Ice | by Hannah (6.1)

I am trapped under ice.

It’s freezing cold and I am frozen still. Everyone I know is sat on the ice cap above happily paddling with only their feet submerged; sometimes they get pulled below and I swim towards them trying to push them back up while I sink; deeper, lower, where the pressure is so great my chest feels like it’s being clamped together.

Alone.

I am all alone in the vast wide water. I know there are others trapped under here too, everyone of us trying to stay above the water while we try and battle the weight of it all… but I can’t see them The thick layer of ice seems to be pushing down,
down, I can’t hold the ice up. I just can’t anymore, but I have no choice. I repeat the mantra, that I can and must do this, to myself over, over and over. It helps for a while, and I stay afloat, but it’s not enough, soon I have lost all hope again and I sink lower. It’s so cold down here, freezing. It begins to hurt.

Someone hands me a rope.

I take it with a sad smile, and try and help her hoist me back above the water. It feels good for a little bit, I start to take notice of nice small things, like the sun hitting my face or her laugh as we both hold the rope. Although I am still freezing and my body is still immersed in the icy water, my head is above. My grin returns, a genuine smile for once, coupled with laughter and a little more joy. I missed this, I say. It’s a relief to feel this close to happy again, and the weight reduces; staying afloat seems a little easier. It’s exhausting to keep my head above the water still, but I have her to help. And I can help my friends, who are in the water too now, pushing them up out of the water, or try to at least. We’re coming out of the water, some of us paddling our feet, or better still not even a drop of water on them. I feel halfway to feeling better now. Then the rain comes, drenching everything in its path.

Alone again.

Suddenly my surroundings seem desolate; it’s not long before I fall beneath the surface of the water once more. It seems colder than previously, bitter and spiteful now after the warm sun. I shiver, scream and shout to try and stay afloat. It’s all to no avail as I sink further below the water, clinging and hugging my knees for warmth or comfort. There are voices from above; I rise for a moment only to hear the sounds become clearer, but they turn out to be only yells at me, and I cry even more despite being surrounded by water. I cry until it feels like I don’t even have the energy to do that anymore. I have no motivation to try and swim higher.

Isolated still.

The pressure on my chest has risen so much that it hurts. I want to give up, I need to give up, but I can’t give up. Even though I crave the feeling I had before, floating above the ice and waves, it doesn’t feel possible at all to get up to the surface now. Now all I see is the bottom of the water. The dark, black, abyss at the bottom. It’s close, within my reach. But as soon as I try and grasp at it the sharp, icy pain immediately forces my hand away. I look back at the dark, the weight on my chest tightens, and I close my eyes. I try and channel some warmth back to my hands, concentrating on the memories of the warmth of the sun from before. The glowing orange, red or yellow contrasts with black void. I grasp at the darkness again, and I nearly reach it, But I look back up to the ice above. I can see people’s feet, paddling in the water or making shadows on the ice. The ice seems thinner, and easier to crack and break through from here. I can hear voices again, laughter so loud it’s deafening. The noises stop me, frozen in the water. I chew on my lip and wait. I wait for the laughter to stop. For the weight to push me down all the way. But nothing. Nothing. I stop and then swim a bit further up. I start to hear calls from above, willing me, pulling me to the surface. All of a sudden the deep, dark abyss seems too scary.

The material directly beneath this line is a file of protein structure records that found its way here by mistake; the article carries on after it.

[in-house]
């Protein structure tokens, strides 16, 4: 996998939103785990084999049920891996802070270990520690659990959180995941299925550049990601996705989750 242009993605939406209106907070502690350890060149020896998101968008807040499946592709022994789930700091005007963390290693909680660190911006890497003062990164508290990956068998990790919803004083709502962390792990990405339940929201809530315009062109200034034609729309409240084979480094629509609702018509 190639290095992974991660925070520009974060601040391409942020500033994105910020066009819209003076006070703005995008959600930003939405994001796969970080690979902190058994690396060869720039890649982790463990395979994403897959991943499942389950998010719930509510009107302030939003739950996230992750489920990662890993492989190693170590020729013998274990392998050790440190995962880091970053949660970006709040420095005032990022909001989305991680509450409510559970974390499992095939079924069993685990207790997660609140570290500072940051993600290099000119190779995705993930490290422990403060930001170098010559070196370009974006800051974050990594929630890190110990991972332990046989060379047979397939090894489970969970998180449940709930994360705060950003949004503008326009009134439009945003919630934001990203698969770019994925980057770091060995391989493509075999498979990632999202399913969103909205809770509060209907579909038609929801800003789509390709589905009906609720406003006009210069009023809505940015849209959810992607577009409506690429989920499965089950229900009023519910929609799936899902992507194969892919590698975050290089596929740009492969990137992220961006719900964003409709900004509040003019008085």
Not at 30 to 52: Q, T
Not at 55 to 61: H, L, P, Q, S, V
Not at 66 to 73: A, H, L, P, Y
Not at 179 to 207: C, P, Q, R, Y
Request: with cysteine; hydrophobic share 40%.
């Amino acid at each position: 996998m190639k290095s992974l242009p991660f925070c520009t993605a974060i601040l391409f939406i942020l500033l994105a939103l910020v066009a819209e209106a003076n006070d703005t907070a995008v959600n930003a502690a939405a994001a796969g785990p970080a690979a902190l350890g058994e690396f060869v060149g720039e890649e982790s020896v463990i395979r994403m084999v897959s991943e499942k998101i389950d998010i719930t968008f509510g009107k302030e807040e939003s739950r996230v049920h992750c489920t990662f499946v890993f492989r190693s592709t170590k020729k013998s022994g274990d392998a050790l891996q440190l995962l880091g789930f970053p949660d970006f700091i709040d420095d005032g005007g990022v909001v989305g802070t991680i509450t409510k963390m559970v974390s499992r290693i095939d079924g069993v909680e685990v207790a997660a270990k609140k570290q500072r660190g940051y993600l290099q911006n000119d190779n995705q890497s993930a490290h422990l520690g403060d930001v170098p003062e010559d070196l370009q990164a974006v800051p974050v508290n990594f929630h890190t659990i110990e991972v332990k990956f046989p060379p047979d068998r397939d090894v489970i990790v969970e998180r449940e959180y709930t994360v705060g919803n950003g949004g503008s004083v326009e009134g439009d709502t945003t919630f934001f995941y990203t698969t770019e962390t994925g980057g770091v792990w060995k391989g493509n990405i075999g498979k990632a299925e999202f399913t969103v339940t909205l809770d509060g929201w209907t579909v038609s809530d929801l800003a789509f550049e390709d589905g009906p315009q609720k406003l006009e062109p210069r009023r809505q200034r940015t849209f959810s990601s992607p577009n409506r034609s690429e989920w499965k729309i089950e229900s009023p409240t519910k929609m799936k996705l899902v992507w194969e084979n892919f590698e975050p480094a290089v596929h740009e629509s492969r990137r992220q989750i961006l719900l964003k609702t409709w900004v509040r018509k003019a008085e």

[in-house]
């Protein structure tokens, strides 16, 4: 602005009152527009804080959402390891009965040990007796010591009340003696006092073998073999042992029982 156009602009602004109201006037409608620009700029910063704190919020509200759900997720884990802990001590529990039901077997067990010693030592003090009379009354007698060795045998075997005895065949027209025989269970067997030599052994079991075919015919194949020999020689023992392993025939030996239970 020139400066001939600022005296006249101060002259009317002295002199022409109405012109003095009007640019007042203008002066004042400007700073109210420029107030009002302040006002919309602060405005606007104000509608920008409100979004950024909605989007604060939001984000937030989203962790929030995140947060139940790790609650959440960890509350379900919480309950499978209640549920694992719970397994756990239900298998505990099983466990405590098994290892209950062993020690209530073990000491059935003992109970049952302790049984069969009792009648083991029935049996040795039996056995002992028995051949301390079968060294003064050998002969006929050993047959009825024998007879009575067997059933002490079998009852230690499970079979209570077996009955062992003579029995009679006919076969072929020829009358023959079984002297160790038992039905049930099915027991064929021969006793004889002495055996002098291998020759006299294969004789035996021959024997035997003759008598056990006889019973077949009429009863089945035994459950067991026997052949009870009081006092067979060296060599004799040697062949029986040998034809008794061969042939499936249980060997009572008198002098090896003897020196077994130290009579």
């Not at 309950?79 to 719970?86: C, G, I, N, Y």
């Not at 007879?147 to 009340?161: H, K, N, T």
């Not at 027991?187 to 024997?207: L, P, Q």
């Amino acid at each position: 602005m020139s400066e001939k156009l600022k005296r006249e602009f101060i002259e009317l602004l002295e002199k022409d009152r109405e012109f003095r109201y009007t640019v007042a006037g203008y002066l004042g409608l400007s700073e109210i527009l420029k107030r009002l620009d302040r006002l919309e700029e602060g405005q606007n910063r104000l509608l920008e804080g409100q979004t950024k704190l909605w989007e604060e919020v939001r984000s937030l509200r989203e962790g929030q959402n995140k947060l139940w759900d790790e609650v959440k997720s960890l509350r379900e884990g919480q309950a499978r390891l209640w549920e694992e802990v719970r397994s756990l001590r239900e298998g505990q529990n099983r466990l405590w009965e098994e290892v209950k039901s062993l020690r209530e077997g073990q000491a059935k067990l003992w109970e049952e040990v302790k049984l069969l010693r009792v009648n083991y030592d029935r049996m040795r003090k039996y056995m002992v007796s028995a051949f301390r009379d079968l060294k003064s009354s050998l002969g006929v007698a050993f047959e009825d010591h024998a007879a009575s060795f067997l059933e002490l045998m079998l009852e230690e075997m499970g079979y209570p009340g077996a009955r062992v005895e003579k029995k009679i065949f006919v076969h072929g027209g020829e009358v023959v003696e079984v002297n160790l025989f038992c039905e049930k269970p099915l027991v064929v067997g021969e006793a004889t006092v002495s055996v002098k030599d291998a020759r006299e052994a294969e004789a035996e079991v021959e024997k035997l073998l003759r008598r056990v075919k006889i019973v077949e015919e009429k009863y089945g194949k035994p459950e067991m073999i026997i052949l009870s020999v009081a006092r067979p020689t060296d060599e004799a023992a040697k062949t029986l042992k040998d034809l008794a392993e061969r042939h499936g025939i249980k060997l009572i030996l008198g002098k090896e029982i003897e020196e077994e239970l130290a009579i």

Less helpless now.

It’s still hard of course even now. Sometimes the weight pushes me back down below the water a little bit, just a little bit. But I don’t sink low enough that the pressure is too high. I try and break the ice, pounding on it with my hands, but I have friends to help on the ice above and I am pulled out of the water by them. The sun shines, drying my clothes and hair which cling tightly to my body. I laugh and smile again, it feels like ages since I have, the weight lifted off my chest so I am very relieved, while my feet splash in the water. Occasionally I’m engulfed in water once again, but I know I can get out again even if it takes a long time, as I have a ladder or a rope which pulls me back up from the water. I never sink as low as I once did. I do sink down low but it is nowhere near as far.

I am forever grateful I didn’t sink as far as I nearly did. I’m mostly happy now. Sitting on the ice, my feet in the water, with a hand grasped in my friend’s, and the sun and a smile on my face.